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dc.contributor.authorMoran, Catherineen_US
dc.contributor.authorCatterall, Carlaen_US
dc.contributor.authorGreen, Rondaen_US
dc.contributor.authorOlsen, Michaelen_US
dc.date.accessioned2017-05-03T11:13:28Z
dc.date.available2017-05-03T11:13:28Z
dc.date.issued2004en_US
dc.date.modified2010-08-31T07:46:28Z
dc.identifier.issn00298549en_US
dc.identifier.doi10.1007/s00442-004-1685-1en_AU
dc.identifier.urihttp://hdl.handle.net/10072/5186
dc.description.abstractSeed dispersal plays a critical role in rainforest regeneration patterns, hence loss of avian seed dispersers in fragmented landscapes may disrupt forest regeneration dynamics. To predict whether or not a plant will be dispersed in fragmented forests, it is necessary to have information about frugivorous bird distribution and dietary composition. However, specific dietary information for frugivorous birds is often limited. In such cases, information on the seed-crushing behaviour, gape width and relative dietary dominance by fruit may be used to describe functional groups of bird species with respect to their potential to disperse similar seeds. We used this information to assess differences in the seed dispersal potential of frugivorous bird assemblages in a fragmented rainforest landscape of southeast Queensland, Australia. The relative abundance of frugivorous birds was surveyed in extensive, remnant and regrowth rainforest sites (16 replicates of each). Large-gaped birds with mixed diets and medium-gaped birds with fruit-dominated diets were usually less abundant in remnants and regrowth than in continuous forest. Small-gaped birds with mixed diets and birds with fruit as a minor dietary component were most abundant in regrowth. We recorded a similar number of seed-crushing birds and large-gaped birds with fruit-dominated diets across site types. Bird species that may have the greatest potential to disperse a large volume and wide variety of plants, including large-seeded plants, tended to be less abundant outside of extensive forests, although one species, the figbird Sphecotheres viridis, was much more abundant in these areas. The results suggest that the dispersal of certain plant taxa would be limited in this fragmented landscape, although the potential for the dispersal of large-seeded plants may remain, despite the loss of several large-gaped disperser species.en_US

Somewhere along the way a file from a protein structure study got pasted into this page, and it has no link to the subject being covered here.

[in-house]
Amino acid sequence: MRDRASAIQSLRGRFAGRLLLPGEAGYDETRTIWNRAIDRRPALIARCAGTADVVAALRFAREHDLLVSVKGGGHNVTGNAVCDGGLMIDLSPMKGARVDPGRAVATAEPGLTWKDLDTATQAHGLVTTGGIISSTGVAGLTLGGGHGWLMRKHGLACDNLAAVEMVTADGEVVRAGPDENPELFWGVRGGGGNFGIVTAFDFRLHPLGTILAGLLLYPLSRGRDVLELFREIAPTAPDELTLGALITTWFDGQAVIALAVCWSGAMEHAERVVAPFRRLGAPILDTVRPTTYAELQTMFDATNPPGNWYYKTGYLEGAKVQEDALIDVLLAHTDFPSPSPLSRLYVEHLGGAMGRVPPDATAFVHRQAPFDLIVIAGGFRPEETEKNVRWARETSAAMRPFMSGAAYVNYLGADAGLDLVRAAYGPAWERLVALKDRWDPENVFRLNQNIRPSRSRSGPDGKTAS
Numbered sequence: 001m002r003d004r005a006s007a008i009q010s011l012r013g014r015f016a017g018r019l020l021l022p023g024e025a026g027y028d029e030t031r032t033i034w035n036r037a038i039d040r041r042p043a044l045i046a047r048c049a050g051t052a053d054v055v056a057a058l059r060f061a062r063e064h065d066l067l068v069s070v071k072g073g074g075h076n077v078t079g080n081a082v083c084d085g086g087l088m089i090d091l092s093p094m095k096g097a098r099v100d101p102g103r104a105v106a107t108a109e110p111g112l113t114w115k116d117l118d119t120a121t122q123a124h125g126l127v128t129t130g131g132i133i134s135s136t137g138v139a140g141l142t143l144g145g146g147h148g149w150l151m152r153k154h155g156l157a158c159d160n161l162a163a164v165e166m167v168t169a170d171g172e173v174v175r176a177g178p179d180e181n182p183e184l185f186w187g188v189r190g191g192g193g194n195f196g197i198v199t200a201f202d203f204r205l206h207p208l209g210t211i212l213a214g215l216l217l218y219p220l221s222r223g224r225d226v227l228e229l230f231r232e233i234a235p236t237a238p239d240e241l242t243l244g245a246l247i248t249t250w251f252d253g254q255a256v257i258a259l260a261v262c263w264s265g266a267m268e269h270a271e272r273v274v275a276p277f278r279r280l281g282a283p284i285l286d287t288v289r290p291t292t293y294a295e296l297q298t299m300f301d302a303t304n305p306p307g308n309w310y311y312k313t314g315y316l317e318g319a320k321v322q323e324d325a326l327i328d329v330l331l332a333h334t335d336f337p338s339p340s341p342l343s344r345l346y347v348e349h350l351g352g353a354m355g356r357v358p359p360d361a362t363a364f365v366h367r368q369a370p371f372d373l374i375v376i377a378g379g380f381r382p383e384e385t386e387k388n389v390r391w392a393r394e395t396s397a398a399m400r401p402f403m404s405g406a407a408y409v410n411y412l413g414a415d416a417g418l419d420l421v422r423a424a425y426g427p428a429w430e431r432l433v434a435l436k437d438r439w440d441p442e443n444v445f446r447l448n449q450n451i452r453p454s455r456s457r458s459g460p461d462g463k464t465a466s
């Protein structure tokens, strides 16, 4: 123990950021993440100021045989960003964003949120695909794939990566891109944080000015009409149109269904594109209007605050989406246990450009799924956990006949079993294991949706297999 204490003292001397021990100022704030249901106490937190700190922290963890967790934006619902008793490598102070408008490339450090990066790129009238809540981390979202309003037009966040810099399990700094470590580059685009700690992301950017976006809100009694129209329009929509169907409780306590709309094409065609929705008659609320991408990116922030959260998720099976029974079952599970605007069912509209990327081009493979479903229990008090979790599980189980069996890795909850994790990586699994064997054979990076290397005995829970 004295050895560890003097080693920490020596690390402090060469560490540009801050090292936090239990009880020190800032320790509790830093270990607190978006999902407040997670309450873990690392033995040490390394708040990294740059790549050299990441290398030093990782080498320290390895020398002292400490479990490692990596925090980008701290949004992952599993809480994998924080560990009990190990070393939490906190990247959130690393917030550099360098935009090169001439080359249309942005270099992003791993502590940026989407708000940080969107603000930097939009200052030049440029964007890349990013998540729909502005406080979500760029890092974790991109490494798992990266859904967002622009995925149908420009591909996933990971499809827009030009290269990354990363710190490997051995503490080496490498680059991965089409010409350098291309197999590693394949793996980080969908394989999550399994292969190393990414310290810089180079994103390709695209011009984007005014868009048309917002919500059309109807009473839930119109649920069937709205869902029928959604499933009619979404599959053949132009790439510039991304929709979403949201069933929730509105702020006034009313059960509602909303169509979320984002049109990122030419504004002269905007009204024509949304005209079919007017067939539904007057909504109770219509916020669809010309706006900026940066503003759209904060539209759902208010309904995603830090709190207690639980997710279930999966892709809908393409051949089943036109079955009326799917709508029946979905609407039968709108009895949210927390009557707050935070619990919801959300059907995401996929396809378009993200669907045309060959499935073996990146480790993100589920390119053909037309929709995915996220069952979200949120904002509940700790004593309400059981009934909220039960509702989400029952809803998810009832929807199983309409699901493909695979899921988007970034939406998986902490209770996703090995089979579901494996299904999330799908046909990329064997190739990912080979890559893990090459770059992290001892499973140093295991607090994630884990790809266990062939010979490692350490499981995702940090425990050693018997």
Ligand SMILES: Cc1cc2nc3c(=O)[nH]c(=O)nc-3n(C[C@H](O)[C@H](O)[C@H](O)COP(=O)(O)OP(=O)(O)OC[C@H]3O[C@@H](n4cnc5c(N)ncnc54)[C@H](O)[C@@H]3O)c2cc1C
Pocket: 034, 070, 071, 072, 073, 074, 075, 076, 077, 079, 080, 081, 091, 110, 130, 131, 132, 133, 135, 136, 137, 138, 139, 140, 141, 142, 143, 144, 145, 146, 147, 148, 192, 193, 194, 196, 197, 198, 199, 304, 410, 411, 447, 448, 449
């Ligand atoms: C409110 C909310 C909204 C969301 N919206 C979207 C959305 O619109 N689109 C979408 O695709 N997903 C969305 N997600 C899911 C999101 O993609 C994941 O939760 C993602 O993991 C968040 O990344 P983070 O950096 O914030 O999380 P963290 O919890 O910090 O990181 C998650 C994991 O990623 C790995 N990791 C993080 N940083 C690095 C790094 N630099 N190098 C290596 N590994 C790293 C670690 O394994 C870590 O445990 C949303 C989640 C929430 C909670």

dc.description.peerreviewedYesen_US
dc.description.publicationstatusYesen_AU
dc.languageEnglishen_US
dc.language.isoen_AU
dc.publisherSpringer-Verlagen_US
dc.publisher.placeGermanyen_US
dc.relation.ispartofpagefrom584en_US
dc.relation.ispartofpageto595en_US
dc.relation.ispartofjournalOecologiaen_US
dc.relation.ispartofvolume141en_US
dc.subject.fieldofresearchcode300604en_US
dc.subject.fieldofresearchcode270708en_US
dc.subject.fieldofresearchcode270704en_US
dc.titleFunctional variation among frugivorous birds: implications for rainforest seed dispersal in a fragmented subtropical landscape.en_US
dc.typeJournal articleen_US
dc.type.descriptionC1 - Peer Reviewed (HERDC)en_US
dc.type.codeC - Journal Articlesen_US
gro.facultyGriffith Sciences, Griffith School of Environmenten_US
gro.date.issued2004
gro.hasfulltextNo Full Text


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